This is what the project looked like when I pulled it out of THE drawer. You know the drawer I mean -- the one that has parts and pieces as well as almost completed projects stacked in it. Those "I will finish that one of these days" projects.
It was obvious I did not have enough of all of the fabrics to do a conventional finish around the border edges. This might have been the reason it was not finished earlier.
I really depend on my Kona Black, Kona Snow, and Kona White fabrics to be my work horses. I have most of the other colors in the Kona line that I use often, too. Anytime I want a little extender that is a little "out of the box" those are good fabrics to use.
I spent a great deal of time rotating this finished top. I took lots of photographs and flashed them up on my computer. I tried some other fabrics to see if I wanted to make it any larger than it is.
The finished measurement on this is 39" square - more or less.
Backs of quilting projects have become another canvas for me and this project was no exception. I started adding leftover fabrics in a "log cabin manner" to get the size I needed.
I incorporated my label into the layout as I went along. Lately I have been adding my labels before quilting and then just quilting through them.
I have no illusions of grandeur that someone would steal one of my quilts and remove the label and call it their own. However, I do want the documentation to stay on the quilt for its lifetime. Some of these quilts might just get passed down through the generations of my family, or, they might end up in an estate sale or a flea market. Isn't that where we find some of the "jewels" we collect?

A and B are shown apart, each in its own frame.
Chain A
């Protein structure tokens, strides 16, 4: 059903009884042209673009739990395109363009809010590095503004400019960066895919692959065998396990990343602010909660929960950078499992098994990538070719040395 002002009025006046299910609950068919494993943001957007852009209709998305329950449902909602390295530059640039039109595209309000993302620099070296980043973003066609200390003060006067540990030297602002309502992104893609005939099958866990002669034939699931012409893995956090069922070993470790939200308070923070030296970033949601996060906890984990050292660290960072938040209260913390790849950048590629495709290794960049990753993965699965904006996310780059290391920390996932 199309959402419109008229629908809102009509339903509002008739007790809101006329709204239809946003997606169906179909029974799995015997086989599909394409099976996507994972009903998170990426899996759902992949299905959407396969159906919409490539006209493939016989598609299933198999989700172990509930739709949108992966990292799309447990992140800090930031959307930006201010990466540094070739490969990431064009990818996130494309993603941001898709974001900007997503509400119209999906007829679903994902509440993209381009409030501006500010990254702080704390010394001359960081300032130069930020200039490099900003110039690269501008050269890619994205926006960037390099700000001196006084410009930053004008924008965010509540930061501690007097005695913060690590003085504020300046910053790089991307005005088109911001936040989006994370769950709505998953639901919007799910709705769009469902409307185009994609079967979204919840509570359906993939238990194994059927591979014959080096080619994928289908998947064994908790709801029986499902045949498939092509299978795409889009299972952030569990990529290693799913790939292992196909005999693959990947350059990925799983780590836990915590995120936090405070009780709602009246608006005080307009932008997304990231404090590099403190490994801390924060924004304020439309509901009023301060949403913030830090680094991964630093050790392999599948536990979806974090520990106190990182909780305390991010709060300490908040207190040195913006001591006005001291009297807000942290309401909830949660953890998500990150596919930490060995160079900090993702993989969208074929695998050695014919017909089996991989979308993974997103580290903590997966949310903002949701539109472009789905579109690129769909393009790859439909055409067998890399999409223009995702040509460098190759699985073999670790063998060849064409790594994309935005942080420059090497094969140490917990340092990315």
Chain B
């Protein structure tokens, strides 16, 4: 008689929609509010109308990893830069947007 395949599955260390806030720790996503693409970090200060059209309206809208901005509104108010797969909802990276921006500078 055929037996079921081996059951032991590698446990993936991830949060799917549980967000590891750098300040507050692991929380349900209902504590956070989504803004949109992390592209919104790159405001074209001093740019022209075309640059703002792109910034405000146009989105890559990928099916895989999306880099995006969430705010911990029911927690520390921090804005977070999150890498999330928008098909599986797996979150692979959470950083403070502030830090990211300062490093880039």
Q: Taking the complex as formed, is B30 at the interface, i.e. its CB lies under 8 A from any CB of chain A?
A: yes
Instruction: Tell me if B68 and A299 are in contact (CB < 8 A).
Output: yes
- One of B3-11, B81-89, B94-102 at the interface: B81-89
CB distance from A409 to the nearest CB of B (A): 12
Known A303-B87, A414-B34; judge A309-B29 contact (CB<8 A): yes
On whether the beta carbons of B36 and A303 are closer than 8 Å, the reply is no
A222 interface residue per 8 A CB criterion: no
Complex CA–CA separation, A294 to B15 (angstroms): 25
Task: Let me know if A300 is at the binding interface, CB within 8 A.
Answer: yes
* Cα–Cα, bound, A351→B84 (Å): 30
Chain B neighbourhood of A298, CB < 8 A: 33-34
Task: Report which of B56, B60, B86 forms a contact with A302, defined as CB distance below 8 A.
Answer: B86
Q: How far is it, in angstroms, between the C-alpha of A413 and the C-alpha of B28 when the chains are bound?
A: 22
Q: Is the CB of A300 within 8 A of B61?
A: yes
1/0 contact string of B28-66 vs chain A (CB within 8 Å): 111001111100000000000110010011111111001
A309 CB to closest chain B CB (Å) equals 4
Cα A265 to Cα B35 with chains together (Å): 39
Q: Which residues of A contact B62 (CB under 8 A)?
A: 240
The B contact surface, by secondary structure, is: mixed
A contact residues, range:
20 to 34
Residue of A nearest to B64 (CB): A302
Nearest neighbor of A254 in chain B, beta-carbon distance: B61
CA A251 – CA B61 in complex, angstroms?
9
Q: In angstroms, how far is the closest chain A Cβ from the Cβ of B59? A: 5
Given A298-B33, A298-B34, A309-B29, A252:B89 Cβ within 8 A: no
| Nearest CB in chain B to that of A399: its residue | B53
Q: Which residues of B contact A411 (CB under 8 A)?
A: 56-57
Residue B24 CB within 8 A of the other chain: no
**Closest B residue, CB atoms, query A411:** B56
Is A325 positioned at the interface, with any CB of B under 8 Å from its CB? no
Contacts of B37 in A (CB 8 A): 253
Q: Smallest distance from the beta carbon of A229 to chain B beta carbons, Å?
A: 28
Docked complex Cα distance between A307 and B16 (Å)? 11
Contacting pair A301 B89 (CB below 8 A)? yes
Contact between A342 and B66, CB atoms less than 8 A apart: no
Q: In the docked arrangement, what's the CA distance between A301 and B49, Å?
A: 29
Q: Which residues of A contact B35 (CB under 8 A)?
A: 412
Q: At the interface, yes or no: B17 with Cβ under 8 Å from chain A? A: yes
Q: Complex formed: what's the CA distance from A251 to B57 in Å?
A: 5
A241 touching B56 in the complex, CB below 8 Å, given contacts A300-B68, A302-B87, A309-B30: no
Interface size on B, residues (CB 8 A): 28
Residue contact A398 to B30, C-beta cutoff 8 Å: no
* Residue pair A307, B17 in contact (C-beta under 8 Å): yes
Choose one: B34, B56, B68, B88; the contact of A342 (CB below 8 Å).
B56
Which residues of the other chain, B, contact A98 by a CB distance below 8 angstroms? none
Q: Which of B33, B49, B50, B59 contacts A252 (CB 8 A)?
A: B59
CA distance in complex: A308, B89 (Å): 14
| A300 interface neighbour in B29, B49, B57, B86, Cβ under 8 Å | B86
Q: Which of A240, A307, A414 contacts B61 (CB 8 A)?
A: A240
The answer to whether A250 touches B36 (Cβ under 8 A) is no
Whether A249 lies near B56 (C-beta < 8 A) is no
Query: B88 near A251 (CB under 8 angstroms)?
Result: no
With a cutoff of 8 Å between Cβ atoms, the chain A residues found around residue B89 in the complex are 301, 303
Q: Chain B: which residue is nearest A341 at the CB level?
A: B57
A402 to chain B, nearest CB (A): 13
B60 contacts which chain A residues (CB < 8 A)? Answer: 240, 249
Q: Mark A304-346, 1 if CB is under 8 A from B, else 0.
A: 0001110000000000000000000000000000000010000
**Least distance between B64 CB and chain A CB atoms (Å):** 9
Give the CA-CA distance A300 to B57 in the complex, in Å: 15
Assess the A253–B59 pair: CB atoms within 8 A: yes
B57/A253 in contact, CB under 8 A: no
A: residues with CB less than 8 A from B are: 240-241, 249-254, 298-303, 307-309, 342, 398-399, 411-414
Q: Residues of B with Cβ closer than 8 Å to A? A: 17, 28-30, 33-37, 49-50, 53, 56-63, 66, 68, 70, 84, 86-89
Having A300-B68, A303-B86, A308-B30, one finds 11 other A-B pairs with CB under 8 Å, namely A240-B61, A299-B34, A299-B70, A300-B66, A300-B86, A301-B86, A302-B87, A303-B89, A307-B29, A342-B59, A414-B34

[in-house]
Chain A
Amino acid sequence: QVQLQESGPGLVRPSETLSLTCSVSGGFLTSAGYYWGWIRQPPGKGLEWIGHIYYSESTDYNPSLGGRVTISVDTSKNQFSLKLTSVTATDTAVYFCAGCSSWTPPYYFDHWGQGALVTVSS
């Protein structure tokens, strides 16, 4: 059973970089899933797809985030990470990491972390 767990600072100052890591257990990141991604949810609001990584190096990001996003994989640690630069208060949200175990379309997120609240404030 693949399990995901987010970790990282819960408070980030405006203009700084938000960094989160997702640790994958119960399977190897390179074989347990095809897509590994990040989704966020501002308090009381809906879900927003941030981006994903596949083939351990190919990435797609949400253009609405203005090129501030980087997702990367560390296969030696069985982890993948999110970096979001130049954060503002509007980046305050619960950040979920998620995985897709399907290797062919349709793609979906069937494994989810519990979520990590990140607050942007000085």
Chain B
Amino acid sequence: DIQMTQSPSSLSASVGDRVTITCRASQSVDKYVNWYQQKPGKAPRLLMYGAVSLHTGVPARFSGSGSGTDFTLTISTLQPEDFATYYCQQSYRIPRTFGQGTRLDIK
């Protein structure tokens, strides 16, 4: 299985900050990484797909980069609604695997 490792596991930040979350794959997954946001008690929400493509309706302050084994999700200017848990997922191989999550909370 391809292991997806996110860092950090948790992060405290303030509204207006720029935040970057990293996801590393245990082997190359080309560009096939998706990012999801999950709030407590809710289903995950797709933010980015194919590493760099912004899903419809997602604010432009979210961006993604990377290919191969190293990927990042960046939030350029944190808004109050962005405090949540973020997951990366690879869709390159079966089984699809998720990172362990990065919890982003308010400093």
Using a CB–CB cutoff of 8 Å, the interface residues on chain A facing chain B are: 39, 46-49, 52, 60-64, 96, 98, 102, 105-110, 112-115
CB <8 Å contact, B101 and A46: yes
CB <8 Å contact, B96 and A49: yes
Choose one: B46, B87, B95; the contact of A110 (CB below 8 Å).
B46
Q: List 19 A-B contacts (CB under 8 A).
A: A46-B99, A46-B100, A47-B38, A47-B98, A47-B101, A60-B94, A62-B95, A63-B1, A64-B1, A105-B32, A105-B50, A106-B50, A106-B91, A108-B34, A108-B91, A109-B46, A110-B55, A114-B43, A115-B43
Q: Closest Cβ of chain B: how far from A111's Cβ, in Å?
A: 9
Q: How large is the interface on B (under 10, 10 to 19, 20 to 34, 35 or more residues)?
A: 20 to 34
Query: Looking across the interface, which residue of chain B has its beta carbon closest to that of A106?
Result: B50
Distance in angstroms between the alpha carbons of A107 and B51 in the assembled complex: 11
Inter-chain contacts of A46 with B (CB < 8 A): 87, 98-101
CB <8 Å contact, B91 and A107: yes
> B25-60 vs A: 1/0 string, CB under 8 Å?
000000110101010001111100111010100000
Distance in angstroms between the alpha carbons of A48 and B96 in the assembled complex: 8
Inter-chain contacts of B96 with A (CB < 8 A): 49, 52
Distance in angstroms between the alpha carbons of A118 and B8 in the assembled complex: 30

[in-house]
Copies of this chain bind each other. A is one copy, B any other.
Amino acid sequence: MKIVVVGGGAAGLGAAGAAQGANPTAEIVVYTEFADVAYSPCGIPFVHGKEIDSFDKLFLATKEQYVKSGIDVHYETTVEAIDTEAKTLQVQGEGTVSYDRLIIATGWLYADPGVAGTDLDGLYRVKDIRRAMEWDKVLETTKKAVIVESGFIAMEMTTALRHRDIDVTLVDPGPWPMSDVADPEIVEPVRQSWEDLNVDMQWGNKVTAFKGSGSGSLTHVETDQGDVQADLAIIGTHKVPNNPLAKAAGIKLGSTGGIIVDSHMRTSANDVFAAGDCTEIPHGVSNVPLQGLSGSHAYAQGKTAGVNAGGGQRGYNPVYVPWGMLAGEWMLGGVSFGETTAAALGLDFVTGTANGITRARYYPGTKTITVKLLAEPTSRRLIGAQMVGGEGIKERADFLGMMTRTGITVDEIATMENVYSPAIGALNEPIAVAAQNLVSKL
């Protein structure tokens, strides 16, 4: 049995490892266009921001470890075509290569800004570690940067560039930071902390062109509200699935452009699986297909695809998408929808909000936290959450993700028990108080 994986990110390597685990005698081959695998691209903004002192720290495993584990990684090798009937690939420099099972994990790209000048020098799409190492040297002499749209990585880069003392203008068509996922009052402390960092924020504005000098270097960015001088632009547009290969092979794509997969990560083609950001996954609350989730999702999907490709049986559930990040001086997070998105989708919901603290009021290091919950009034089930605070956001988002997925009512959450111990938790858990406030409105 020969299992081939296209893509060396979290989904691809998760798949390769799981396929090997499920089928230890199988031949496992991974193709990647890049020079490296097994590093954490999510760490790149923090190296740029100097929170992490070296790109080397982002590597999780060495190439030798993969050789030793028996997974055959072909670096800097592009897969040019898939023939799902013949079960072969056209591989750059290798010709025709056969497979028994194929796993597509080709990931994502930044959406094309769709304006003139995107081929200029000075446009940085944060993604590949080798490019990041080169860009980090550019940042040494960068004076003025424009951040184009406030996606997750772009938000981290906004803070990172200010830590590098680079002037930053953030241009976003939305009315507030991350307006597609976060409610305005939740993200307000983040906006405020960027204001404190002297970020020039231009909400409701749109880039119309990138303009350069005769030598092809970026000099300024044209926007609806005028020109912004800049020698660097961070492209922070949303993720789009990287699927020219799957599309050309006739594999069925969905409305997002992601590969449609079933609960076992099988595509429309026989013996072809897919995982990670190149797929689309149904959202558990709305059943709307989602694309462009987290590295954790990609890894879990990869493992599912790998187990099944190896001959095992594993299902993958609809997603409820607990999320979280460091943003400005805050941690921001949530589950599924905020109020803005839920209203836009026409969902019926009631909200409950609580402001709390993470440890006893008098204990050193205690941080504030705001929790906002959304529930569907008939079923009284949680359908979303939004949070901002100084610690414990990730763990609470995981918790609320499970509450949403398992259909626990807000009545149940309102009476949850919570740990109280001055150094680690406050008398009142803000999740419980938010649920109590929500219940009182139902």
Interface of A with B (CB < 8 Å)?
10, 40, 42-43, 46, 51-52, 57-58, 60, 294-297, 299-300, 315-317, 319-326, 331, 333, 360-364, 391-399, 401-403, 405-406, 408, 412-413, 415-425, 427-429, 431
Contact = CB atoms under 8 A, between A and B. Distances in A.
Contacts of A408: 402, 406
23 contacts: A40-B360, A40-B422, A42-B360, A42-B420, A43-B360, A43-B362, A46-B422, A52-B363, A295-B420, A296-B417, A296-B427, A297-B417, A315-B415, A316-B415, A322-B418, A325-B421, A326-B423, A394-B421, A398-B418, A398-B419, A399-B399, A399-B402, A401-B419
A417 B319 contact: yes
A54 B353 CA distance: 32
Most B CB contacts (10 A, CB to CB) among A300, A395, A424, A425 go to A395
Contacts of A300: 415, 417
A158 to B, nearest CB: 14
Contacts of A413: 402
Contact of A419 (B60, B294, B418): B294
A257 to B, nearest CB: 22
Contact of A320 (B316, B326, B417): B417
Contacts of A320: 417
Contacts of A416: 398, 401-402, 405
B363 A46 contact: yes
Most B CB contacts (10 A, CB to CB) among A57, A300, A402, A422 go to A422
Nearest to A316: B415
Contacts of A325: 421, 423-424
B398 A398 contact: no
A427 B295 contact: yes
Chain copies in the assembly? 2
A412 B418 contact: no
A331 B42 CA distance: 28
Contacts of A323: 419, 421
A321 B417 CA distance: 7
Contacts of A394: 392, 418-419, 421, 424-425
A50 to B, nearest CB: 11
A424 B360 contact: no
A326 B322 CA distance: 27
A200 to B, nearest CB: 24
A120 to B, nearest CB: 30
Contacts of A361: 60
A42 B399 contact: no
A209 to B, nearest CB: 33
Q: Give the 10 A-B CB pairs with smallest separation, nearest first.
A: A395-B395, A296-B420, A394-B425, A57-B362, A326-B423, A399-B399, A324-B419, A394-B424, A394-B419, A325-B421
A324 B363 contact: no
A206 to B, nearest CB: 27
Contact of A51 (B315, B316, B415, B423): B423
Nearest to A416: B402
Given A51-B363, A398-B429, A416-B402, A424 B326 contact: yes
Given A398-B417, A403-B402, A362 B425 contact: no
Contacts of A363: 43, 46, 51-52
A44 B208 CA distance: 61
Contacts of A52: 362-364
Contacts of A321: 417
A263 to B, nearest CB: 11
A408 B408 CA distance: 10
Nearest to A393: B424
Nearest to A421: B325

Of course, I am sure the conversation might go like this when discussing my quilts:
First relative or observer: "Whatever was she thinking when she made this back?"
Second relative or friend of relative: "Well, I have no idea, but she might have been a fun gal to get to know."
At least I know that I had fun when I made it.
See that little white rectangle?
That is my label:
Hand written with a Pigma Pen.
Now on to making the sandwich, quilting, and binding it.
Love my dining room table for laying out my smaller projects.
I decided to quilt it somewhat on the diagonal but not in perfectly straight lines. I also wanted there to be some asymmetry in the quilting since the blocks were already asymmetrical.
I used a strip of masking tape to find my place from opposite side to the other so I could do the wavy line quilting and still end up where I meant to be.
I am a fan of Kokopelli and he looks perfect joining in with the music of the "band" in the lower right. All those instruments in the fabric used in the lower right corner remind me of a band getting ready to go on a football field to perform. The upper left are the notes coming from the "band". The quilting simulates the echoes of the sound.
WIP # 2 for July is complete. What a good feeling!